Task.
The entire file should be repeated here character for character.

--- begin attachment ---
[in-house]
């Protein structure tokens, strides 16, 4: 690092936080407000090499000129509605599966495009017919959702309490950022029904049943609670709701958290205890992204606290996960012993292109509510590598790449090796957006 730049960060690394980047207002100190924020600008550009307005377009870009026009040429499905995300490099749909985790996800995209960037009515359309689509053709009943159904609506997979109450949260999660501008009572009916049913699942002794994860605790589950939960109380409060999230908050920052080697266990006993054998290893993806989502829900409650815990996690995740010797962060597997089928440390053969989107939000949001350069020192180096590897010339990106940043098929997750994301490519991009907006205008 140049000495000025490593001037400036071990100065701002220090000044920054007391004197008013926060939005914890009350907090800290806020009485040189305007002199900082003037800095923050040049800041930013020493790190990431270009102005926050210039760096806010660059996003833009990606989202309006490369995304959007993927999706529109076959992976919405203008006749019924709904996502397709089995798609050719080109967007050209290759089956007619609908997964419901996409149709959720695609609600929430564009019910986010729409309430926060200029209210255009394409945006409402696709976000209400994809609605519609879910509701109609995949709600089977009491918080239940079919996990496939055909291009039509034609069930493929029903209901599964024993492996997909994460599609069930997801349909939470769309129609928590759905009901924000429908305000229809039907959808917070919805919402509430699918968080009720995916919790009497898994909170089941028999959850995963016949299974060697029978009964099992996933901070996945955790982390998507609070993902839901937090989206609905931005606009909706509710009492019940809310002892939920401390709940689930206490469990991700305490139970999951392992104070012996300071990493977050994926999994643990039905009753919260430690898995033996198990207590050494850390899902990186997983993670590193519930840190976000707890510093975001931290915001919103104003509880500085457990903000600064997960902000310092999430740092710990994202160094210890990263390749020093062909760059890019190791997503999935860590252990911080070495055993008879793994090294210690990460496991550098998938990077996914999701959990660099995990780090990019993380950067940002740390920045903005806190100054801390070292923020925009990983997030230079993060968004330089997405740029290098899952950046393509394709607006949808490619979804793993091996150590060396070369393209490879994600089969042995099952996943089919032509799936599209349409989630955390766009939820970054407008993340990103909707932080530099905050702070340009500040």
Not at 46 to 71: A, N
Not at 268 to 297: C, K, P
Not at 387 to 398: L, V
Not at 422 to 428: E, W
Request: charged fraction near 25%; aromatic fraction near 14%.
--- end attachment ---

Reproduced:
[in-house]
């Protein structure tokens, strides 16, 4: 690092936080407000090499000129509605599966495009017919959702309490950022029904049943609670709701958290205890992204606290996960012993292109509510590598790449090796957006 730049960060690394980047207002100190924020600008550009307005377009870009026009040429499905995300490099749909985790996800995209960037009515359309689509053709009943159904609506997979109450949260999660501008009572009916049913699942002794994860605790589950939960109380409060999230908050920052080697266990006993054998290893993806989502829900409650815990996690995740010797962060597997089928440390053969989107939000949001350069020192180096590897010339990106940043098929997750994301490519991009907006205008 140049000495000025490593001037400036071990100065701002220090000044920054007391004197008013926060939005914890009350907090800290806020009485040189305007002199900082003037800095923050040049800041930013020493790190990431270009102005926050210039760096806010660059996003833009990606989202309006490369995304959007993927999706529109076959992976919405203008006749019924709904996502397709089995798609050719080109967007050209290759089956007619609908997964419901996409149709959720695609609600929430564009019910986010729409309430926060200029209210255009394409945006409402696709976000209400994809609605519609879910509701109609995949709600089977009491918080239940079919996990496939055909291009039509034609069930493929029903209901599964024993492996997909994460599609069930997801349909939470769309129609928590759905009901924000429908305000229809039907959808917070919805919402509430699918968080009720995916919790009497898994909170089941028999959850995963016949299974060697029978009964099992996933901070996945955790982390998507609070993902839901937090989206609905931005606009909706509710009492019940809310002892939920401390709940689930206490469990991700305490139970999951392992104070012996300071990493977050994926999994643990039905009753919260430690898995033996198990207590050494850390899902990186997983993670590193519930840190976000707890510093975001931290915001919103104003509880500085457990903000600064997960902000310092999430740092710990994202160094210890990263390749020093062909760059890019190791997503999935860590252990911080070495055993008879793994090294210690990460496991550098998938990077996914999701959990660099995990780090990019993380950067940002740390920045903005806190100054801390070292923020925009990983997030230079993060968004330089997405740029290098899952950046393509394709607006949808490619979804793993091996150590060396070369393209490879994600089969042995099952996943089919032509799936599209349409989630955390766009939820970054407008993340990103909707932080530099905050702070340009500040």
Not at 46 to 71: A, N
Not at 268 to 297: C, K, P
Not at 387 to 398: L, V
Not at 422 to 428: E, W
Request: charged fraction near 25%; aromatic fraction near 14%.